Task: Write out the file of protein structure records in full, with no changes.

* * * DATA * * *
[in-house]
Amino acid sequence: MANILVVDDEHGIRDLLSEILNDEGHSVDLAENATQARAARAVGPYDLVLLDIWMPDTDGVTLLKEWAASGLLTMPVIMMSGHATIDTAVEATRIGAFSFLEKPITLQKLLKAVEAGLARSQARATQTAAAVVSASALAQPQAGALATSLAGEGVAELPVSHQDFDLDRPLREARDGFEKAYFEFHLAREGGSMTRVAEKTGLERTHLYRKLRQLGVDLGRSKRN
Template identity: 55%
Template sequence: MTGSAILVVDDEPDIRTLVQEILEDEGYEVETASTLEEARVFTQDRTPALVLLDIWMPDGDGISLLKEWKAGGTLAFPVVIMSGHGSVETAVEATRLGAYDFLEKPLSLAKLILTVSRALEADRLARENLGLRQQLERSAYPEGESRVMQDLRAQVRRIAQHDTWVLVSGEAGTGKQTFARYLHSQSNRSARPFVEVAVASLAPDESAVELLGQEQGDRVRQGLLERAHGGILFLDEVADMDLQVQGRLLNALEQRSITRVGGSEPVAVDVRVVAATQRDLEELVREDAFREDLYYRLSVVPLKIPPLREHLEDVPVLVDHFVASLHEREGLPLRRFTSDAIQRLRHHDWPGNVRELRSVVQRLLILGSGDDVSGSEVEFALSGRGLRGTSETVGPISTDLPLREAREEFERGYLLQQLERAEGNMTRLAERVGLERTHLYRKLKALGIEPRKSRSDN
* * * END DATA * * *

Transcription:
[in-house]
Amino acid sequence: MANILVVDDEHGIRDLLSEILNDEGHSVDLAENATQARAARAVGPYDLVLLDIWMPDTDGVTLLKEWAASGLLTMPVIMMSGHATIDTAVEATRIGAFSFLEKPITLQKLLKAVEAGLARSQARATQTAAAVVSASALAQPQAGALATSLAGEGVAELPVSHQDFDLDRPLREARDGFEKAYFEFHLAREGGSMTRVAEKTGLERTHLYRKLRQLGVDLGRSKRN
Template identity: 55%
Template sequence: MTGSAILVVDDEPDIRTLVQEILEDEGYEVETASTLEEARVFTQDRTPALVLLDIWMPDGDGISLLKEWKAGGTLAFPVVIMSGHGSVETAVEATRLGAYDFLEKPLSLAKLILTVSRALEADRLARENLGLRQQLERSAYPEGESRVMQDLRAQVRRIAQHDTWVLVSGEAGTGKQTFARYLHSQSNRSARPFVEVAVASLAPDESAVELLGQEQGDRVRQGLLERAHGGILFLDEVADMDLQVQGRLLNALEQRSITRVGGSEPVAVDVRVVAATQRDLEELVREDAFREDLYYRLSVVPLKIPPLREHLEDVPVLVDHFVASLHEREGLPLRRFTSDAIQRLRHHDWPGNVRELRSVVQRLLILGSGDDVSGSEVEFALSGRGLRGTSETVGPISTDLPLREAREEFERGYLLQQLERAEGNMTRLAERVGLERTHLYRKLKALGIEPRKSRSDN